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NASA studies an unusual Arctic warming event

NASA studies an unusual Arctic warming event – Climate Change: Vital Signs of the Planet

Winter temperatures are soaring in the Arctic for the fourth winter in a row. The heat, accompanied by moist air, is entering the Arctic not only through the sector of the North Atlantic Ocean that lies between Greenland and Europe, as it has done in previous years, but is also coming from the North Pacific through the Bering Strait.

“We have seen winter warming events before, but they’re becoming more frequent and more intense,” said Alek Petty, a sea ice researcher at NASA’s Goddard Space Flight Center in Greenbelt, Maryland.

Scientists are waiting to see how much this heat wave will impact the wintertime sea ice maximum extent, which has been shrinking in the past decades and has hit record lows each of the past three years. The sea ice levels are already at record lows or near-record lows in several areas of the Arctic. Another exceptional event this winter is the opening up of the sea ice cover north of Greenland, releasing heat from the ocean to the atmosphere and making the sea ice more vulnerable to further melting.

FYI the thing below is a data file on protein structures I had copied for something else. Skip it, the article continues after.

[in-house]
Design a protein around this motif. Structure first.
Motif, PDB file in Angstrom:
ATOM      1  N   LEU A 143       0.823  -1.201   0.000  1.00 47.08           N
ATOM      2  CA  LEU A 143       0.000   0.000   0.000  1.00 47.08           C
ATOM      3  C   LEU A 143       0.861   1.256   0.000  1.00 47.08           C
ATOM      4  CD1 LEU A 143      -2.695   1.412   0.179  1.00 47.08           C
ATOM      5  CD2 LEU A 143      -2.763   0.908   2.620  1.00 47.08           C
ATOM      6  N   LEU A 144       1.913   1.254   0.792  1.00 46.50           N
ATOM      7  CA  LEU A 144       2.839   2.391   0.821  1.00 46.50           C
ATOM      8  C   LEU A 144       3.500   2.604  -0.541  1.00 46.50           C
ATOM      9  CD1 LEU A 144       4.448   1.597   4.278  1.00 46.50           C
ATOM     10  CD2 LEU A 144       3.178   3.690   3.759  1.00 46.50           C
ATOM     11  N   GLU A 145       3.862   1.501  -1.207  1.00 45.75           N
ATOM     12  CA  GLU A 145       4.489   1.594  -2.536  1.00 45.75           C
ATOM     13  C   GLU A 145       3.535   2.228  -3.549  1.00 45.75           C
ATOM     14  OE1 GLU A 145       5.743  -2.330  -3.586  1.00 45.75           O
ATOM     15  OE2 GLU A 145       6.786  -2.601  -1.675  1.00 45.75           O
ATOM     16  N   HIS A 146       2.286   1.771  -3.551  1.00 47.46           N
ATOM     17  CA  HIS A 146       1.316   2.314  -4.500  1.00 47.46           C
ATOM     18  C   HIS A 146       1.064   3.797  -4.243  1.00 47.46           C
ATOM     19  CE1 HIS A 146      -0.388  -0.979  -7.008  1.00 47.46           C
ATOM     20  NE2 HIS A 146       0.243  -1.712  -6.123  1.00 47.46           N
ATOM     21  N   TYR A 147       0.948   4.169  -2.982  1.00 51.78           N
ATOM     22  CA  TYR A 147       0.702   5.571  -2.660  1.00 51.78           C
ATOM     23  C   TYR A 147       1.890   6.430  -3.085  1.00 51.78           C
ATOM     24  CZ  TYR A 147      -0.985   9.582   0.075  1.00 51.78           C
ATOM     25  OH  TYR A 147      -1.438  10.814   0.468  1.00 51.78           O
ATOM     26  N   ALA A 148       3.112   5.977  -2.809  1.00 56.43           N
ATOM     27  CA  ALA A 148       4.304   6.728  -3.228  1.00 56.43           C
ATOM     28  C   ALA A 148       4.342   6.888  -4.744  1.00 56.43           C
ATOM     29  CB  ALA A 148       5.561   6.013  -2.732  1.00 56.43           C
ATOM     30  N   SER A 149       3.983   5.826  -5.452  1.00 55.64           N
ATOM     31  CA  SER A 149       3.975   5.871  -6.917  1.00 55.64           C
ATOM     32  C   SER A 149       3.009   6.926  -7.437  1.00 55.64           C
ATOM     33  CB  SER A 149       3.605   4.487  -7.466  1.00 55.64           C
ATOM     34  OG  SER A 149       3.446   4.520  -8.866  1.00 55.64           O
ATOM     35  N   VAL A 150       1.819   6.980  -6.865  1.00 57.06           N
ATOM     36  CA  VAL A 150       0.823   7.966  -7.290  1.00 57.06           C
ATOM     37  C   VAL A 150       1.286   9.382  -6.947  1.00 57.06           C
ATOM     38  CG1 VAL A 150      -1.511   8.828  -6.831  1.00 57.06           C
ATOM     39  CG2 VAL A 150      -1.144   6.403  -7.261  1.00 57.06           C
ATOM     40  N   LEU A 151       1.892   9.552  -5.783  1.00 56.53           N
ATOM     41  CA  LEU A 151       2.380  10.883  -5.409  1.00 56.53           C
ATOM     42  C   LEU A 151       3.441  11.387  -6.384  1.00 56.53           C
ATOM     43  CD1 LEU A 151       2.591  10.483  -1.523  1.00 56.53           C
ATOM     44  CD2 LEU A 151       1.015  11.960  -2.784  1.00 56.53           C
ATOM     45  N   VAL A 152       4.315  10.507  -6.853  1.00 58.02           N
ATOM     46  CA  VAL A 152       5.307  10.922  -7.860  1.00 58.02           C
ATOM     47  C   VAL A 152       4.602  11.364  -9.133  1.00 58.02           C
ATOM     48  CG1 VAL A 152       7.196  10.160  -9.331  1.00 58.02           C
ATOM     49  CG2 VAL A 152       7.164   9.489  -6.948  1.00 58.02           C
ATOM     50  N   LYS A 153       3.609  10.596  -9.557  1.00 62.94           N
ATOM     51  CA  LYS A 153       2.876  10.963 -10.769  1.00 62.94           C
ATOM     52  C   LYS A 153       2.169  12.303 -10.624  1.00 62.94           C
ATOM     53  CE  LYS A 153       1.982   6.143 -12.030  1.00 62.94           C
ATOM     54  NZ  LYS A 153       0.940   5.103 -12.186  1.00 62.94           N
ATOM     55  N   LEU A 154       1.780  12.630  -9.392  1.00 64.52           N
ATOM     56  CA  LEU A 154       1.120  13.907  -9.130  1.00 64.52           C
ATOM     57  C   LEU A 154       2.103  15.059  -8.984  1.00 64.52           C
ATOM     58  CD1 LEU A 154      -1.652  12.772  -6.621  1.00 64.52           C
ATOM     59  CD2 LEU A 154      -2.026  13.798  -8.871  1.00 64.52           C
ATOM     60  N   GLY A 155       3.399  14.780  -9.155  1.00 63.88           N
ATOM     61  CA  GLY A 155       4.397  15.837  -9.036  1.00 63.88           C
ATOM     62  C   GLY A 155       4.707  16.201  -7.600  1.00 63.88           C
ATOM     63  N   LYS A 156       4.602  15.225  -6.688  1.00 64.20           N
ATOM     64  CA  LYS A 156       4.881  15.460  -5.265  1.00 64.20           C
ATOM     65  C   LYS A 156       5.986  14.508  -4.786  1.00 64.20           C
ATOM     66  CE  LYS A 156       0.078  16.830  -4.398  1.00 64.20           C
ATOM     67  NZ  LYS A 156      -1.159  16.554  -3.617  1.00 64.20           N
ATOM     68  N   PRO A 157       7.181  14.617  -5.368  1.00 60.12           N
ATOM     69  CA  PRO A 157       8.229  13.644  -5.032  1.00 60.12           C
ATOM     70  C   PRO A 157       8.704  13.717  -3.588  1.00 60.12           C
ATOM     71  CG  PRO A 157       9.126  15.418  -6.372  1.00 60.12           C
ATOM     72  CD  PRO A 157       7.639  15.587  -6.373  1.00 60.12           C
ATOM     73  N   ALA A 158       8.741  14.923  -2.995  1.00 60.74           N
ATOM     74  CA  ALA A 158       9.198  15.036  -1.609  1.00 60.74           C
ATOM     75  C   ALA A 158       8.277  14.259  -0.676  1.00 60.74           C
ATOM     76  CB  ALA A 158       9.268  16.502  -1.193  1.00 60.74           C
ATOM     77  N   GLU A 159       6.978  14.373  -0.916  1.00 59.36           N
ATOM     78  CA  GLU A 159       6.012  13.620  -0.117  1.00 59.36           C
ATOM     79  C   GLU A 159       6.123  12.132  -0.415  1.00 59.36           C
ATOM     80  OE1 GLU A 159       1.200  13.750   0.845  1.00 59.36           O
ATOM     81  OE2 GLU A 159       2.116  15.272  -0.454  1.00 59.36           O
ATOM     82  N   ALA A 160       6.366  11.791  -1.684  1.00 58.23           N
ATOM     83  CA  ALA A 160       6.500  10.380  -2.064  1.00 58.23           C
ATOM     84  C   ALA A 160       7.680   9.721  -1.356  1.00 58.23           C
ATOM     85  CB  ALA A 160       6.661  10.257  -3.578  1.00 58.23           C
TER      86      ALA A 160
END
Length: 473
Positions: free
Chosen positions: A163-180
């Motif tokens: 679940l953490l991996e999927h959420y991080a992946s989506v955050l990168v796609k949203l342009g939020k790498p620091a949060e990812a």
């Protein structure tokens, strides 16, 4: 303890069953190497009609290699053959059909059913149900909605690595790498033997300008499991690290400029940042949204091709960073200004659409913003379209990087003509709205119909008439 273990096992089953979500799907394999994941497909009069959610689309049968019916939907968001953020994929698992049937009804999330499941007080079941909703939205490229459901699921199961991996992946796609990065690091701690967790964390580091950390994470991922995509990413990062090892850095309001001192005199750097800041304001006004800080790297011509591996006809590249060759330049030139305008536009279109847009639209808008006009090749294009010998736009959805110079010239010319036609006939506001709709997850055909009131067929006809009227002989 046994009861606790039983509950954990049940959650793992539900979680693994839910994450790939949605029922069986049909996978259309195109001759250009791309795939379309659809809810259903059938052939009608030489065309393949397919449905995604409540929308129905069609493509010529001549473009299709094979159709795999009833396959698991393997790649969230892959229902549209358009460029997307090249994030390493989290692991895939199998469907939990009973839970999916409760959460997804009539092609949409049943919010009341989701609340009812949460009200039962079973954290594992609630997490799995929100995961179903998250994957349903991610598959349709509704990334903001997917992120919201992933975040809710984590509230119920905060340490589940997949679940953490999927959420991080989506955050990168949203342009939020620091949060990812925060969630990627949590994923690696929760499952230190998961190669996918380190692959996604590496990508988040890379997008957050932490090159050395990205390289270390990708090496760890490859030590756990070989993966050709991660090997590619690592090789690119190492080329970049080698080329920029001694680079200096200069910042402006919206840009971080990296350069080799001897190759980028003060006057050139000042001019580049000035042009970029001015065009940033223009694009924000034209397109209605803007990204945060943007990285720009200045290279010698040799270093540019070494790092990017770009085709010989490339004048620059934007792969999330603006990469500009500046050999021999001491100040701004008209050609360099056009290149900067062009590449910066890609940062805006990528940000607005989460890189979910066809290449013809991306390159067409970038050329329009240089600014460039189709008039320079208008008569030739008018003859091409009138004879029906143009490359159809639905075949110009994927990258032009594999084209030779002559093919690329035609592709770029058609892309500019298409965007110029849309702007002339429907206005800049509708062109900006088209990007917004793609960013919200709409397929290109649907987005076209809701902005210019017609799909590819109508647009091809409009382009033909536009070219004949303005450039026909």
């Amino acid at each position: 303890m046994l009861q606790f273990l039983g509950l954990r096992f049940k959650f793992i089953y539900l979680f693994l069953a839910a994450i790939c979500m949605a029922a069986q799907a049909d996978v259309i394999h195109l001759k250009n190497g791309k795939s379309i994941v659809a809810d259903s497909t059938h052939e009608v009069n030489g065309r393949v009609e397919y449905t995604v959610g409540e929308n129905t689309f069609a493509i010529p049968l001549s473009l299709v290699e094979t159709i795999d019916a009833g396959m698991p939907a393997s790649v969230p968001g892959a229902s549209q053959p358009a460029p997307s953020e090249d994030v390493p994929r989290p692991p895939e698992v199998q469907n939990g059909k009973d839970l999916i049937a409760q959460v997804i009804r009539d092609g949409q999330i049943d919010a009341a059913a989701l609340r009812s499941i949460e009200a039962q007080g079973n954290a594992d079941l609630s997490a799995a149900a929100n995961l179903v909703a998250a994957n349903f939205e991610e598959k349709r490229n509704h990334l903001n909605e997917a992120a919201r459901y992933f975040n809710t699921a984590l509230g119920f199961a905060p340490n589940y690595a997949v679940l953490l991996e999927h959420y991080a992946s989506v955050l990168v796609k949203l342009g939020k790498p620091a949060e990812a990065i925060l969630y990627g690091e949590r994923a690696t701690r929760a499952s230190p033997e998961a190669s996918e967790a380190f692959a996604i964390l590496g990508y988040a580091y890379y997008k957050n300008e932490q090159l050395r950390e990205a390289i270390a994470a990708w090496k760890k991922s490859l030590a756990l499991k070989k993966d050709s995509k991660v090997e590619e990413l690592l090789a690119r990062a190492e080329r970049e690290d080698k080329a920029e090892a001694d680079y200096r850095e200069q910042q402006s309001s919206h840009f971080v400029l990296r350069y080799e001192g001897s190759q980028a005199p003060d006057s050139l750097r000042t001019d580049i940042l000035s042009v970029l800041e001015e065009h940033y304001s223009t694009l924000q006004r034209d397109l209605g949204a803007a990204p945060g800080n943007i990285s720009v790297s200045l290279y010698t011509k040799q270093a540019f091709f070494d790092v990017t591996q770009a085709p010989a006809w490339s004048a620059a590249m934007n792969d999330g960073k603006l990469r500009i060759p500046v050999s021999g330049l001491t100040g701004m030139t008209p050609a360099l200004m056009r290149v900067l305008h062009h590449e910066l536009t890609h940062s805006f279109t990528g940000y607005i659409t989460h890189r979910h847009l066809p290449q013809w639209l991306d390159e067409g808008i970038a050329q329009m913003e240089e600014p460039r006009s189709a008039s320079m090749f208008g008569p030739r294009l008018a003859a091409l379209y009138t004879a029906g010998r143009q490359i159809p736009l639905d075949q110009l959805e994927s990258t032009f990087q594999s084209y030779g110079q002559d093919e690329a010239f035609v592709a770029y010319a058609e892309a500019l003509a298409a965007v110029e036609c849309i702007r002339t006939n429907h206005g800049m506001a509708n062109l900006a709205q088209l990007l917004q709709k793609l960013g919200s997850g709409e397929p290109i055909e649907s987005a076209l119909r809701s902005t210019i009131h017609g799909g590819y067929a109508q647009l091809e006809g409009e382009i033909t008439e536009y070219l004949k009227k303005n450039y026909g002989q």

“This is a region where we have the thickest multi-year sea ice and expect it to not be mobile, to be resilient,” Petty said. “But now this ice is moving pretty quickly, pushed by strong southerly winds and probably affected by the warm temperatures, too.”—”NASA studies an unusual Arctic warming event – Climate Change: Vital Signs of the Planet,” NASA, 2/28/18

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Midwest Flooding Exposes Another Oil Pipeline Risk
— on Keystone XL’s Route

Midwest Flooding Exposes Another Oil Pipeline Risk — on Keystone XL’s Route